Ø  Our classic service starts on at 10 am on Sunday mornings.

Everyone is welcome and accepted because God loves us all.

Friday, January 10, 2014

Speaking Truth to Power

            This weekend (January 11th & 12th), I begin a new six-week sermon series on how Christian faith can help us become strong individuals.  Of course the word, “strong,” can have multiple meanings.  If you type it into Google Images, the search engine will return with various images of physically powerful people.  Physical power is one of the core meanings of “strong.”  When we use the word in this way, it describes a physical attribute or characteristic of a particular person.  Someone is strong; another person may be fast or agile or weak.

            In contrast, my sermon series will not focus on strength as a physical attribute.  Instead, I will focus on strength as a psychological, emotional, and spiritual quality.  In this sense, strength is that quality which empowers a person to persist in spite of set-backs, failures, accidents, hardships, difficult challenges, severe threats, and disappointments.  Strength is synonymous with courage, tenacity, persistence, and endurance.  Since strength in this sense is a very abstract term, the sermons in this series will focus on strong men from the Bible.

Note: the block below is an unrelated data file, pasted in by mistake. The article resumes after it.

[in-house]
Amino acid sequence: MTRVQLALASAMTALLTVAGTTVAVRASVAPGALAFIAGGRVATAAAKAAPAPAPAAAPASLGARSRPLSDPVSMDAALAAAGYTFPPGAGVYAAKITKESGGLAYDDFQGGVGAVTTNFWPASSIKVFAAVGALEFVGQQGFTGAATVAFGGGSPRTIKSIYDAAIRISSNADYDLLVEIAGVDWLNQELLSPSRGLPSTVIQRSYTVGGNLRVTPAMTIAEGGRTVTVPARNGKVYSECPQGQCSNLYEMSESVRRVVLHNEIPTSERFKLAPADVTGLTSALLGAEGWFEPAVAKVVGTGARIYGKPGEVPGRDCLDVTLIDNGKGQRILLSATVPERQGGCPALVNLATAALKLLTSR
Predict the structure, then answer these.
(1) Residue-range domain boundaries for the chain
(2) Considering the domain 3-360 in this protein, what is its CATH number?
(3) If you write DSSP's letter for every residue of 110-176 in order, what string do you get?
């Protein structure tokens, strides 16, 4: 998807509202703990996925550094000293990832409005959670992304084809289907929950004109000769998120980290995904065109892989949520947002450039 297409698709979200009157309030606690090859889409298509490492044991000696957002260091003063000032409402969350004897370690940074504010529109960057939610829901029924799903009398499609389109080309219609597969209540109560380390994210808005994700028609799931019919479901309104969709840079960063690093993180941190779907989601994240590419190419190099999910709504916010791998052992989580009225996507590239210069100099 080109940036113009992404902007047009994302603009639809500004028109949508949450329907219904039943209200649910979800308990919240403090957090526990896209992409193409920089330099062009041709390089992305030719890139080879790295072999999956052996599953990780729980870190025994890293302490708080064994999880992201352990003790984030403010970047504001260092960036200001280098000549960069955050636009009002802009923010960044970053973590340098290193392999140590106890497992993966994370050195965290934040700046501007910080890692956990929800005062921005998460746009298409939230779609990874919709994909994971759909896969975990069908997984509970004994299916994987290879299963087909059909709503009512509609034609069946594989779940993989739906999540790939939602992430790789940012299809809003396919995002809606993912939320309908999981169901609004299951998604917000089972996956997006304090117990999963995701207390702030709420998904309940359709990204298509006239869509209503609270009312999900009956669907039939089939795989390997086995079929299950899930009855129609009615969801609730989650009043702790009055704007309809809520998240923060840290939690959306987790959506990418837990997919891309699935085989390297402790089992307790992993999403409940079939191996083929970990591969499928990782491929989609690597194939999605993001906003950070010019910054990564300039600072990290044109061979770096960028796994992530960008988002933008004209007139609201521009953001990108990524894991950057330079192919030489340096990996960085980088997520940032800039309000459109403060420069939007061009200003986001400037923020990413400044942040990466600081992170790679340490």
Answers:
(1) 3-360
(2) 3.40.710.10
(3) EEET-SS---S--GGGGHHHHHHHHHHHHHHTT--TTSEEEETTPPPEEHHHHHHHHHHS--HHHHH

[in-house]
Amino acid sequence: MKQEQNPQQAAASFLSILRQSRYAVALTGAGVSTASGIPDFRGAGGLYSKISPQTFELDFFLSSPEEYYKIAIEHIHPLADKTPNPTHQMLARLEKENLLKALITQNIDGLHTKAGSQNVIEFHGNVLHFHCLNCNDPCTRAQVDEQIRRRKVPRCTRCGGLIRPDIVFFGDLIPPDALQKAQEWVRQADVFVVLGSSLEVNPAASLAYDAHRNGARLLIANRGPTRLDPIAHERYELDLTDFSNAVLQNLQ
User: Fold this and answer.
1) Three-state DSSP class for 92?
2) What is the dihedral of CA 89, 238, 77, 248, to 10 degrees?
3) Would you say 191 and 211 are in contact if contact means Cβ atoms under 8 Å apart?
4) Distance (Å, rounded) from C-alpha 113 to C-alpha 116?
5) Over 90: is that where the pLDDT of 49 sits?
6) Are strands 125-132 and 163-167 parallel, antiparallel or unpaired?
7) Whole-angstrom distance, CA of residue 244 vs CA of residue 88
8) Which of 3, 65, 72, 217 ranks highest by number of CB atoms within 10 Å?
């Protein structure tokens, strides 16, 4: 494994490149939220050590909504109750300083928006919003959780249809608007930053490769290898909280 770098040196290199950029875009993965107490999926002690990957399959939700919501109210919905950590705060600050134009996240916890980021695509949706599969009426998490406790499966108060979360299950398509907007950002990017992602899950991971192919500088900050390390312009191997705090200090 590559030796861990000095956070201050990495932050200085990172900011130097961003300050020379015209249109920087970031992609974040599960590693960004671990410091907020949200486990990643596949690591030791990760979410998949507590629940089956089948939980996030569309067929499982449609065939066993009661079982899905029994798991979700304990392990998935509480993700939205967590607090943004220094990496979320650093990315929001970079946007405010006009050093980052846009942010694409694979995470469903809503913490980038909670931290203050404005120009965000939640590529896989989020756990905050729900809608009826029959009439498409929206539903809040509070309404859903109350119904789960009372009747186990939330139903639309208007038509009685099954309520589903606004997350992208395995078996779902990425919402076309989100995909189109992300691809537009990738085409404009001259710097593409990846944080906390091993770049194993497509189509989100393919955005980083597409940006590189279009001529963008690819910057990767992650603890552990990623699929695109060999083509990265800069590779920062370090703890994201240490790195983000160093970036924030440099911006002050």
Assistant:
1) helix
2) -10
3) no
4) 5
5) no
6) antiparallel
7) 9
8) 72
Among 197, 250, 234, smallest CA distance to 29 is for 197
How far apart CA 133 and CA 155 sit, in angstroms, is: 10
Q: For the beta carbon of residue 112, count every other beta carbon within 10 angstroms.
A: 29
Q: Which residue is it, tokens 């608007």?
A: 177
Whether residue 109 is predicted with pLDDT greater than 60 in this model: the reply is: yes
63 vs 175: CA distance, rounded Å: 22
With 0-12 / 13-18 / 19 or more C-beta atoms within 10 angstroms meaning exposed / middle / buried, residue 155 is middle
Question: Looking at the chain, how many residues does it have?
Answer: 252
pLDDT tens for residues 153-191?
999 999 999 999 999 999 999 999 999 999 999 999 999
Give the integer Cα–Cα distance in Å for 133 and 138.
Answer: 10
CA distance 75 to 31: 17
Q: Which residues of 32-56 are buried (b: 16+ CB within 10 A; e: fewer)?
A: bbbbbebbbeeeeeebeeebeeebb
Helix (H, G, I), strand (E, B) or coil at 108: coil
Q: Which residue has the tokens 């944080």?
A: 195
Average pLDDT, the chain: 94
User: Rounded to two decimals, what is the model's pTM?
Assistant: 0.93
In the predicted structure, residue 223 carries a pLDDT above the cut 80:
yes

This weekend we will explore the strength of the prophet Nathan in 2 Samuel 12: 1-13.  In this passage, God sends Nathan to confront King David.  David has used his royal power to coerce a woman named Bathsheba into an illicit sexual affair.  When Bathsheba becomes pregnant, David again uses his royal power to indirectly kill her husband, Uriah, who is a soldier in the army of Israel.  At that time, Israel was at war with the Ammonites.  So, King David orders Joab, his General, to withdraw during the battle in a strategic way designed to expose Uriah to certain death.